"Thank you King of Pop and King of Rock. Michael Jackson and Elvis Presley helped me finish my first marathon; at least their songs on my iPod did. I held on to the words of certain songs during the difficult times of the race like when my knee started to bother me, “Beat it. … beat it.”
Just two weeks prior to the mid-January P.F. Chang’s Rock ‘n’ Roll Marathon I was having second thoughts; my motivation waned. I was burned out from logging so many miles during the six months I trained. Is it worth it I asked? After three half-marathons I wondered if I could run twice the length.
Distance running is a Native American tradition. Tribes relied on runners for survival and it was integrated into the culture for spiritual and recreational purposes. Plus it’s literally in my blood. My mother ran a marathon and so did my late brother. Still, the day of the race I just wanted to get it behind me. I decided this would be my only marathon.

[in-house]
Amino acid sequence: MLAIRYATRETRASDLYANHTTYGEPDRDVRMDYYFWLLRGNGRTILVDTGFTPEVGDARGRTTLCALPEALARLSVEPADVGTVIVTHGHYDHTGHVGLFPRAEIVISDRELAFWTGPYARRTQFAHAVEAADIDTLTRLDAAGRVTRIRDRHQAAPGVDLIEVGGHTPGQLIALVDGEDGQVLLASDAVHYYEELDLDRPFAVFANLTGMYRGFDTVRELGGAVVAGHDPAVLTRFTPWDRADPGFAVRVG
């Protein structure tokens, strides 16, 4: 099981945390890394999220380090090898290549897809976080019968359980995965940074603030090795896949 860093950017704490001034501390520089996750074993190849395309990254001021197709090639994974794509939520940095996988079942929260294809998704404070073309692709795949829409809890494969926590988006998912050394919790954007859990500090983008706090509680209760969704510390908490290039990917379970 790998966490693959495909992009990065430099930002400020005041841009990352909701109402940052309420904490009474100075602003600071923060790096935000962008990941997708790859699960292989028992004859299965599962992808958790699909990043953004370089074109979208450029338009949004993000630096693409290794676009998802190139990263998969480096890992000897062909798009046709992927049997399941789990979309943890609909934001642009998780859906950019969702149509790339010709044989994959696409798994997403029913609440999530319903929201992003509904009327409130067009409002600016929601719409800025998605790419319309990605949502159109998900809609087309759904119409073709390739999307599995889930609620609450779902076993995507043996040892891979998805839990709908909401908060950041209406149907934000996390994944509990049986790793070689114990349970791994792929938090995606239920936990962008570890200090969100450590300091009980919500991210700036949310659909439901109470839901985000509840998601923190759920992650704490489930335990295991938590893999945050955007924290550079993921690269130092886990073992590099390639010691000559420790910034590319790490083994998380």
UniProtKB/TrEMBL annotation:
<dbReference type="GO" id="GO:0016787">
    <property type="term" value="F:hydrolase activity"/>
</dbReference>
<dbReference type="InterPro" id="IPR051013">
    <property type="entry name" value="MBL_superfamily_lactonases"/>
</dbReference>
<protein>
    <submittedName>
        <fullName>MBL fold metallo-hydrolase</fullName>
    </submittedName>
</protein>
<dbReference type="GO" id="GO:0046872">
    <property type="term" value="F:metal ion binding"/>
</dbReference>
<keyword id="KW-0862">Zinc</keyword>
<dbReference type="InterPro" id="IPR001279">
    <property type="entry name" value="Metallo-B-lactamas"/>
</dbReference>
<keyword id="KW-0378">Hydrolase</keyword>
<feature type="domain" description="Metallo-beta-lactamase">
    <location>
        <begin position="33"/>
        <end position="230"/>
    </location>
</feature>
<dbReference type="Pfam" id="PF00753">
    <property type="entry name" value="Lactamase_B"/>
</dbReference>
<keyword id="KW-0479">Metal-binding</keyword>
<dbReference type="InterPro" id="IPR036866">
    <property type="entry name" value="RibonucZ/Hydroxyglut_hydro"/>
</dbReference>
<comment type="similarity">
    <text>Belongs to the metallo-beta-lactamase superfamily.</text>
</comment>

The night before the race about 80 people showed up for the 4th annual Spaghetti Dinner for Native American runners sponsored by the Ak-Chin Indian Community and the San Carlos Apache Tribe. My family and I started this tradition as a way to meet other Native runners. Most hailed from the Navajo Nation. There were others from the Hopi, Pima, Tohono O’odham, Pueblo and Apache nations. The Native runner who traveled the longest distance came from the Fort Belknap Indian Reservation in Montana. The event grows every year and has become a source of inspiration. Many runners have shared stories of overcoming diabetes and high cholesterol or simply wanting to lose weight and get fit."
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Mary Kim Titla: Encouraged by friends, family and music
(Indian Country Today 2/23)